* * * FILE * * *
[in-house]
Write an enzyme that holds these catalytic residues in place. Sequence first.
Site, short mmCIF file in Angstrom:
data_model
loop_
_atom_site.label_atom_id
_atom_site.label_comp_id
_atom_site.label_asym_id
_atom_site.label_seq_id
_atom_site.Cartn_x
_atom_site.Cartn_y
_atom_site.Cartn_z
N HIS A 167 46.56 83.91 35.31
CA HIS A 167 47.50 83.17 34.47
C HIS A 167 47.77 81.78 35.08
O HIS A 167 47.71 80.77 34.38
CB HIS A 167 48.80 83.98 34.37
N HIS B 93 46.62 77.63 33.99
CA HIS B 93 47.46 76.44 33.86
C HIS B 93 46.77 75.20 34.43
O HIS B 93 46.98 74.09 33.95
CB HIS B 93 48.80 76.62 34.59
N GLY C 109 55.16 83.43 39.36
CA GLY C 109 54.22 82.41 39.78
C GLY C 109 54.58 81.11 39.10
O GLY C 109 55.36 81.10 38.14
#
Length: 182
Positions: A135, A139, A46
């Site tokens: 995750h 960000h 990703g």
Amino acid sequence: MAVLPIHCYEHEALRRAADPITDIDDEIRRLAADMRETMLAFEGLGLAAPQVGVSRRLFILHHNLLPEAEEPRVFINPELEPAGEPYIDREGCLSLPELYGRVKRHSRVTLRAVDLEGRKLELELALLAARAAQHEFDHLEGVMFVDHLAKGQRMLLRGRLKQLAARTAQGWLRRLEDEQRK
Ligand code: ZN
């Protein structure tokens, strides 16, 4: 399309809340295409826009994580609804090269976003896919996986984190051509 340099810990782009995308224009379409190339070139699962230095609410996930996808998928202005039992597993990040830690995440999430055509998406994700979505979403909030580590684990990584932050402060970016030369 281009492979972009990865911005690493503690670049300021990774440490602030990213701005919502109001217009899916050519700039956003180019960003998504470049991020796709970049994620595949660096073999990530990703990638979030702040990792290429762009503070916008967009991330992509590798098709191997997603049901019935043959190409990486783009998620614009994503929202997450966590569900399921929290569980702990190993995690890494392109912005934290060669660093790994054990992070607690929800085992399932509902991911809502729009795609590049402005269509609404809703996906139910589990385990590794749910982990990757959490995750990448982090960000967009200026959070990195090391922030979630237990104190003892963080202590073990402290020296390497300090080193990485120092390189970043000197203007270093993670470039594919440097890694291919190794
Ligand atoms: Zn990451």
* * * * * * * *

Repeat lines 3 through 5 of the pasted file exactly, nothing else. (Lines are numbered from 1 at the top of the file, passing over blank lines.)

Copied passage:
Site, short mmCIF file in Angstrom:
data_model
loop_